In Egypt, for example, Muhammed Sayed Tantawi, the head Imam of al-Azhar University, which is the most important Sunni religious center in the Middle East, and the authority for the Egyptian government on religious conduct, ruled that women with head scarves should not be allowed to enter the school's campus. When a girl studying in the junior high argued with him during a visit he paid to the school, he simply dismissed her with, "I know more about religion than you do."
In this way, Tantawi gave his complete support to the Egyptian minister for higher education, Hani Hilal, who had ruled that women wearing head scarves not be allowed to enter the university campus. If they insist on a head scarf, they will not be allowed to study or to live at the student residences, he said.
This is a struggle over the character of the country where the rulers are fearful that, if the use of veils spreads, an extremist religious atmosphere could prevail and strengthen the opposition religious movements and especially the Muslim Brotherhood.
"The veil is contagious," wrote one Egyptian analyst, and therein lies its danger, he said. Egypt is not awaiting a decision by the religious tribunals.
From its point of view, the head of al-Azhar is not merely a guide, he decides what "degree of religiosity" is suitable for the state.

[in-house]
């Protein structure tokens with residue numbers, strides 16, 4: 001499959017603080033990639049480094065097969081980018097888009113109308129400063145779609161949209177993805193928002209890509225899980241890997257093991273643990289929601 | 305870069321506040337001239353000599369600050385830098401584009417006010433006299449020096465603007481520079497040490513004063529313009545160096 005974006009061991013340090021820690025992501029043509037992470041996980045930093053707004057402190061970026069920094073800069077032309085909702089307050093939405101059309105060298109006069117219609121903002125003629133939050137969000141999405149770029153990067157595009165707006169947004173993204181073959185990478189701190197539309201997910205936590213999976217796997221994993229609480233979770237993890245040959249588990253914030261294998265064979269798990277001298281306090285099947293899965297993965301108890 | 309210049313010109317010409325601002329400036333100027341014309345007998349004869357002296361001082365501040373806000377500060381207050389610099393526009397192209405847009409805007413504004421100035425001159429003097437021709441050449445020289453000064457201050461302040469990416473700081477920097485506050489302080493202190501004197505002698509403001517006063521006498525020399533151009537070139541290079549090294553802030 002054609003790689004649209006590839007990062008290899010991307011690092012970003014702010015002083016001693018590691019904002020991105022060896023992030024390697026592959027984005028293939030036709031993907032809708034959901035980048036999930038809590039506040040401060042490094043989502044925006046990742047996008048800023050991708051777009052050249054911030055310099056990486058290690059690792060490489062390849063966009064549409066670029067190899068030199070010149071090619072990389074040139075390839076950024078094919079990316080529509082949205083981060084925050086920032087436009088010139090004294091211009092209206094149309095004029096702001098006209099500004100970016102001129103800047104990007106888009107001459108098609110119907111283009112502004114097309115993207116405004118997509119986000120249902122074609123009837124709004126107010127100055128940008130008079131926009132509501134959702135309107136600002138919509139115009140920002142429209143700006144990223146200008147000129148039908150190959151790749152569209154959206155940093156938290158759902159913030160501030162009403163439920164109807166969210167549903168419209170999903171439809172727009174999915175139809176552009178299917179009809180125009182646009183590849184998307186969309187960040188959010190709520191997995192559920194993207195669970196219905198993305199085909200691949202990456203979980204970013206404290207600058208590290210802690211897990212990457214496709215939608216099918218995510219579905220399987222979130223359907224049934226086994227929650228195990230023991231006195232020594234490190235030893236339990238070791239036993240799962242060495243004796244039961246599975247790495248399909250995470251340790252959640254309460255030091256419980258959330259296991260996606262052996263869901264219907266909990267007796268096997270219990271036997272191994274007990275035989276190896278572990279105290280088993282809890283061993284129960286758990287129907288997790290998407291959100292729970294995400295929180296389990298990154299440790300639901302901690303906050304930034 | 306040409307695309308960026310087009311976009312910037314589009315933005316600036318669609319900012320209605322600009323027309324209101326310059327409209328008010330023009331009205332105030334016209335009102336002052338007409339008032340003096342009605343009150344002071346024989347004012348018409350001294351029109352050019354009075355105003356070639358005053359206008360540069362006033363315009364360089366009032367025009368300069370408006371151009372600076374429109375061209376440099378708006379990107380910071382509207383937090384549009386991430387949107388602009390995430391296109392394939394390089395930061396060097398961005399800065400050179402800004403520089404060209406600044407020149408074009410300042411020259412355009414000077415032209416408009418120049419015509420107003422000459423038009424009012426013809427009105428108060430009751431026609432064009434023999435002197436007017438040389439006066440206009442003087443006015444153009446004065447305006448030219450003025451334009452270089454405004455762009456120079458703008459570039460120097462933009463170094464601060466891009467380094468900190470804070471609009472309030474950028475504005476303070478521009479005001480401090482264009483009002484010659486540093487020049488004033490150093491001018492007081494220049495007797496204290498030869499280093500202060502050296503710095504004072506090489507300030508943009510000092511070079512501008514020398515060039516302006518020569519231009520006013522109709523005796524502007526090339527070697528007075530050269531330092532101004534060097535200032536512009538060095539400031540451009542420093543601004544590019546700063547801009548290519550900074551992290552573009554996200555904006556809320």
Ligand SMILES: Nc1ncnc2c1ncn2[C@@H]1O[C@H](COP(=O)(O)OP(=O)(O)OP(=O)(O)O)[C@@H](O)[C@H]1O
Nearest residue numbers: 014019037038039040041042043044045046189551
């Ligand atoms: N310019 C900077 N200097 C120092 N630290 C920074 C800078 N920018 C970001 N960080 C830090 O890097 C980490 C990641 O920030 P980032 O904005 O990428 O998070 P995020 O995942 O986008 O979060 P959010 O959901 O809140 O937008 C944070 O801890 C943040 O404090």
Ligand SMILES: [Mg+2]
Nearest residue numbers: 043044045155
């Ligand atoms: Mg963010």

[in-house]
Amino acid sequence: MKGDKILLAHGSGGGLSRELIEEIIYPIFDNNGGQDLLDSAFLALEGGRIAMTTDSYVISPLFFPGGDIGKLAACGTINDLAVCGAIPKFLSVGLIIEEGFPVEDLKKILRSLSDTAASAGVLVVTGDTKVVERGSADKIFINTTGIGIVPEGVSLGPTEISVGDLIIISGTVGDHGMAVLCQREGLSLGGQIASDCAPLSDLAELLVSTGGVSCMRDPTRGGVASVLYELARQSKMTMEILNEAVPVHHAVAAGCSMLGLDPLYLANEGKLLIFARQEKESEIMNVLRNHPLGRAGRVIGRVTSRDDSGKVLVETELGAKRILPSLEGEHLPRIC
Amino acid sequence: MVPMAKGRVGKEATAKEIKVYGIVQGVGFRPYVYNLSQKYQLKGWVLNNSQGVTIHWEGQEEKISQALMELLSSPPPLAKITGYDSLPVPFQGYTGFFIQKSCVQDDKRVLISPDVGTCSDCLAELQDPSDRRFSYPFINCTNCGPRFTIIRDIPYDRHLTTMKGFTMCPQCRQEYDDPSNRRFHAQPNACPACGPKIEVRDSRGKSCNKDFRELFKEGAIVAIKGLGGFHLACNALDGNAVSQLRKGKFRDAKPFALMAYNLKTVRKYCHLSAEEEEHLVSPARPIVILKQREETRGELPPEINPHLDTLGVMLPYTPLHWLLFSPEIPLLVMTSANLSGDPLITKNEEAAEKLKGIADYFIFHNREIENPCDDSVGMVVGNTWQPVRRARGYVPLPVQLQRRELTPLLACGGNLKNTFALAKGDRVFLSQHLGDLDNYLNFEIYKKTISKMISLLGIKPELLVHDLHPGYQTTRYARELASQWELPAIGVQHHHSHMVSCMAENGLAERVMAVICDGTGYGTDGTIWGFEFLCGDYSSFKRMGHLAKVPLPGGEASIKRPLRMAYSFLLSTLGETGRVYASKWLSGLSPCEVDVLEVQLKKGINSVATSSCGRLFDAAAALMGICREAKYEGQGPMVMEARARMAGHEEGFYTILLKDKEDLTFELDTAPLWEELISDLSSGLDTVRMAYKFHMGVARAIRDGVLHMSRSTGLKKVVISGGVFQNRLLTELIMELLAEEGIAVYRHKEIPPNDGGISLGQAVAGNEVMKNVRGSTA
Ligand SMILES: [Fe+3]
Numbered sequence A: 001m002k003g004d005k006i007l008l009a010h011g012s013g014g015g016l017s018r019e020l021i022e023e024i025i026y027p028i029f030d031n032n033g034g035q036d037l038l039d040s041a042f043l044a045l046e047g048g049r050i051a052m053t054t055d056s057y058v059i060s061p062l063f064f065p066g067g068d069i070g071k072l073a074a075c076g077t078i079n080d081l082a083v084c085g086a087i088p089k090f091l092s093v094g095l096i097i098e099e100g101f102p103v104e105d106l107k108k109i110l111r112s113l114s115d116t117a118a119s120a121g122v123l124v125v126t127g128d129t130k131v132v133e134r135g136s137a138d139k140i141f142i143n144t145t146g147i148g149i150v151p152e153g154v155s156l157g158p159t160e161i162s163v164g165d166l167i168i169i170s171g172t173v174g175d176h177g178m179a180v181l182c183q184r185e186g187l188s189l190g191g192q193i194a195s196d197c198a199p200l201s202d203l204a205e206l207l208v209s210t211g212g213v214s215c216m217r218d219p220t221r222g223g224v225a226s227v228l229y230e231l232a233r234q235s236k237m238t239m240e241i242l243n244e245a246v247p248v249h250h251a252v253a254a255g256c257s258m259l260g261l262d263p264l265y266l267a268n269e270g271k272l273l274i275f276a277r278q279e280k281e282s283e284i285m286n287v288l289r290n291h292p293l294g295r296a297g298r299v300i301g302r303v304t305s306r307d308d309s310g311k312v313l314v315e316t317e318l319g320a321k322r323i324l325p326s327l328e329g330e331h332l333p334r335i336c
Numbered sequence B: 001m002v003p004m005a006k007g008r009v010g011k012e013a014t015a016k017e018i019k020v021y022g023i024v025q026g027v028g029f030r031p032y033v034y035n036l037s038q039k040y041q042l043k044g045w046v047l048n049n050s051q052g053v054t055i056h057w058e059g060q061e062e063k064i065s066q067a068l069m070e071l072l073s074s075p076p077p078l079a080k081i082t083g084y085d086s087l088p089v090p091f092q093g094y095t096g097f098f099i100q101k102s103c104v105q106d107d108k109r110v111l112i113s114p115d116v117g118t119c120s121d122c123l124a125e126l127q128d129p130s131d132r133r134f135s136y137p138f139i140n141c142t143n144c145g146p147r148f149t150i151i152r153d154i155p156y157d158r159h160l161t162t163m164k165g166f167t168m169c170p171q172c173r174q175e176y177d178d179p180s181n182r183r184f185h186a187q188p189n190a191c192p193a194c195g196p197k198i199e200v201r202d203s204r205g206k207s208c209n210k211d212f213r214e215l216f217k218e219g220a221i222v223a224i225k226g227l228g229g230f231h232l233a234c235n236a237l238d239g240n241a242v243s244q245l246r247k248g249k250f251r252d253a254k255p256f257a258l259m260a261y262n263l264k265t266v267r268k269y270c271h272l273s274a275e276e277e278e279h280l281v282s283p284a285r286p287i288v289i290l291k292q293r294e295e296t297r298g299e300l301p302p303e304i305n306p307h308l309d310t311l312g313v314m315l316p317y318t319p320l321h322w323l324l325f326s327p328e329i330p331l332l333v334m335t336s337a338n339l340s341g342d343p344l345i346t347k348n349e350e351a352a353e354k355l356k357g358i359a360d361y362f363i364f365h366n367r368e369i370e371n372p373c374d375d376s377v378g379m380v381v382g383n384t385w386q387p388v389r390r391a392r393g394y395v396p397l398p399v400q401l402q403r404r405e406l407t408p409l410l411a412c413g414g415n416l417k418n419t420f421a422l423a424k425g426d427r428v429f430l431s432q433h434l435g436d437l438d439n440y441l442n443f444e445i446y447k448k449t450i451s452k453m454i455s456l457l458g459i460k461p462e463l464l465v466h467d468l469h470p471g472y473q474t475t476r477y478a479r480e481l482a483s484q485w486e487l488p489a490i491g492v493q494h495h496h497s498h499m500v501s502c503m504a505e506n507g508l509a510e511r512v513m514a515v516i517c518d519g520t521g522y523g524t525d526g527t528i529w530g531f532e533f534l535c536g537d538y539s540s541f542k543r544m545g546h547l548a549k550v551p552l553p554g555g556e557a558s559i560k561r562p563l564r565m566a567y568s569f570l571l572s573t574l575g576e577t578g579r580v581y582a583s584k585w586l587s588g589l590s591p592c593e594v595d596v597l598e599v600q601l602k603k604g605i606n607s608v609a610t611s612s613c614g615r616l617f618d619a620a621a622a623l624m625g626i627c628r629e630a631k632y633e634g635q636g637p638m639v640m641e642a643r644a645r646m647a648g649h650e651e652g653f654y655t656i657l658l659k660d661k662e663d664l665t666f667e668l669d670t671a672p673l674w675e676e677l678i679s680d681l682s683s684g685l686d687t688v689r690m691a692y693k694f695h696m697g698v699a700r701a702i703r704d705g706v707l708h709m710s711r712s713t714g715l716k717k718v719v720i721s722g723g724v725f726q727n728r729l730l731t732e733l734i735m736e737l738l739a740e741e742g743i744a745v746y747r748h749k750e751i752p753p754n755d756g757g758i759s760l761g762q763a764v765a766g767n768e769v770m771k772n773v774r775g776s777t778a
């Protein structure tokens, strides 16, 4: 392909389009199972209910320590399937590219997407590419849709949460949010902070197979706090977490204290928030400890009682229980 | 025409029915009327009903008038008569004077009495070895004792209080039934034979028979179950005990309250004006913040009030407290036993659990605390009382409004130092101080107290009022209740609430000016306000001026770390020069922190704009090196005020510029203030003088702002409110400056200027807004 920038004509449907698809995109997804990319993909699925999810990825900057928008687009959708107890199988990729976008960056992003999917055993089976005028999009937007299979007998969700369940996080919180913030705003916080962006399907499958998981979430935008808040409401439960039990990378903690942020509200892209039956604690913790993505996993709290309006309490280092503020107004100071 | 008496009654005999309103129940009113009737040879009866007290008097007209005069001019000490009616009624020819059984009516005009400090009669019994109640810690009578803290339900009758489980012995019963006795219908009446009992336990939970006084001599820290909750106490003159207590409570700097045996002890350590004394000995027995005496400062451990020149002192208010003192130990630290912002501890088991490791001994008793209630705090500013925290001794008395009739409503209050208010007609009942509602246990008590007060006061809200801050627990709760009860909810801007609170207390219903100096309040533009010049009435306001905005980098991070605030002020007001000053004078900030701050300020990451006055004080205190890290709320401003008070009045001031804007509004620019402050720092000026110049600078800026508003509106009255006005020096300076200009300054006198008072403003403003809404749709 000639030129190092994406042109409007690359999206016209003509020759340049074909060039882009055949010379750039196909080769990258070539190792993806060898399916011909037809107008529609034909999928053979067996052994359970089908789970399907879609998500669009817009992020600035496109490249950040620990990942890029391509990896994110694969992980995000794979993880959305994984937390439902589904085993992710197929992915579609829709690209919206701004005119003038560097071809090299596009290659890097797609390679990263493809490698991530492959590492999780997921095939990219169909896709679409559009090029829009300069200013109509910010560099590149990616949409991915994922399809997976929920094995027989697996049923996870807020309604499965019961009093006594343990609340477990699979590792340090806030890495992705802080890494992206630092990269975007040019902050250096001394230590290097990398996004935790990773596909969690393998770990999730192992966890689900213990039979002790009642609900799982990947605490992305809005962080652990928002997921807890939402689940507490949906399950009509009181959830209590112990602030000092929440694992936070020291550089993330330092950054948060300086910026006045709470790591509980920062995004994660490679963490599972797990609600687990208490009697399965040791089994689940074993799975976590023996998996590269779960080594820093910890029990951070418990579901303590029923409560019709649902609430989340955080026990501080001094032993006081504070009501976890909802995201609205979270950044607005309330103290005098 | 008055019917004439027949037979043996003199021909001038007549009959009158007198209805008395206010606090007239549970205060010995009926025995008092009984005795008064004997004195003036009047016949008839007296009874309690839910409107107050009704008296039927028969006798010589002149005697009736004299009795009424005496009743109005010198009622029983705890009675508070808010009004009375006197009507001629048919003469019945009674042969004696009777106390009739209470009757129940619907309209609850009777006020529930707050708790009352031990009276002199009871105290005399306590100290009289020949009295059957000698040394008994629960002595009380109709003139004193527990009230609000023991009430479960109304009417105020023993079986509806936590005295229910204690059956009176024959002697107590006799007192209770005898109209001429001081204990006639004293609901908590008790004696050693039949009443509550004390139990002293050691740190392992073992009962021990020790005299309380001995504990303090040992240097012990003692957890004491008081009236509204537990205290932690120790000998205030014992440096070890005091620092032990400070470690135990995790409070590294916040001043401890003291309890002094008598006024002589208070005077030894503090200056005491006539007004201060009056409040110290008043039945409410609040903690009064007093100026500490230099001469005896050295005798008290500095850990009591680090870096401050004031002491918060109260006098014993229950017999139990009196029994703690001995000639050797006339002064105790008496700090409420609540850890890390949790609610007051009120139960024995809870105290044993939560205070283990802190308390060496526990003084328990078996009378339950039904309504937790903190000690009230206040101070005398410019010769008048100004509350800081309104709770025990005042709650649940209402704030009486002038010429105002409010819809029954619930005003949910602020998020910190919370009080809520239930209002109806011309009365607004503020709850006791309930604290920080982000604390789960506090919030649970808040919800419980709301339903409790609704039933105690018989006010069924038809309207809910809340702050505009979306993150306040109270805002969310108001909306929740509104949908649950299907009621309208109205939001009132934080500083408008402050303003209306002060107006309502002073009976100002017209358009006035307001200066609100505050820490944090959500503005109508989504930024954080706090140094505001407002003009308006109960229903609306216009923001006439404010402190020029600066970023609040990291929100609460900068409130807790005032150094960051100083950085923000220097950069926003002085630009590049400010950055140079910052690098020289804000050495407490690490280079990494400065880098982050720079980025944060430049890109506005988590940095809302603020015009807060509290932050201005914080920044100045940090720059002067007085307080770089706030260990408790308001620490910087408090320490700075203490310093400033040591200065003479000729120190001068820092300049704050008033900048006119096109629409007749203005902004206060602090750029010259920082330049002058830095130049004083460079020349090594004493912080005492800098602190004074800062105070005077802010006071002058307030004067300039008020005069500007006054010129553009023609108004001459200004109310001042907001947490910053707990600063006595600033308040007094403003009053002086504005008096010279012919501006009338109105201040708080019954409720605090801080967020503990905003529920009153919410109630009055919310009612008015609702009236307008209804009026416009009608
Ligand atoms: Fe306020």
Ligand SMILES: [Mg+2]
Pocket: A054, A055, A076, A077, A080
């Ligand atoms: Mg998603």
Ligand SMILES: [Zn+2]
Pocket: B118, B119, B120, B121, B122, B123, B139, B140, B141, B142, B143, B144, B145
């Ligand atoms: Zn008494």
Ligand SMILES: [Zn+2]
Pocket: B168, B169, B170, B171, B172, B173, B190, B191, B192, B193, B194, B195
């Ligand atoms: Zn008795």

However the sphere of his guidance is also dependent on the wishes of the president, who, after all, appoints the head of al-Azhar.
Taxing restrictions on refugees
It is no coincidence that Hezbollah's concern for the Palestinians does not reach as far as their lowly status in Lebanon. The organization's voice is never heard with regard to employment for the Palestinian refugees in Lebanon.
The laws of the country that is "hosting" more than 350,000 refugees forbid the Palestinians from working in some 70 professions including medicine, journalism and law, and even from driving a public taxi.
According to the law, the only people who can work in these fields are those who have Lebanese citizenship or those whose homeland allows Lebanese citizens to work there.
Palestinian refugees can work in the "forbidden" professions only inside the refugee camps but there is no point to that since a Palestinian lawyer is not permitted to appear in a Lebanese court and a doctor is restricted to the clinics in the camps and cannot work in a government hospital.
The absurd thing is that Palestinians are allowed to get a license for a taxi, called a "red number" in Lebanon, but not to drive the cab.
That is because acquiring a license is like buying any public asset, but driving the taxi is limited to Lebanese citizens only.
The result is that there are only 200 legal Palestinian taxi drivers in Lebanon, who have either received the license because of family ties or because they managed to get citizenship.
Not a word about this has been heard from Hezbollah head Hassan Nassrallah. He understands that giving Palestinians a permit to drive a taxi does not mean that they are being resettled in Lebanon and would not change their national status as refugees.
But a permit of that type would cause direct harm to his Shi'ite supporters.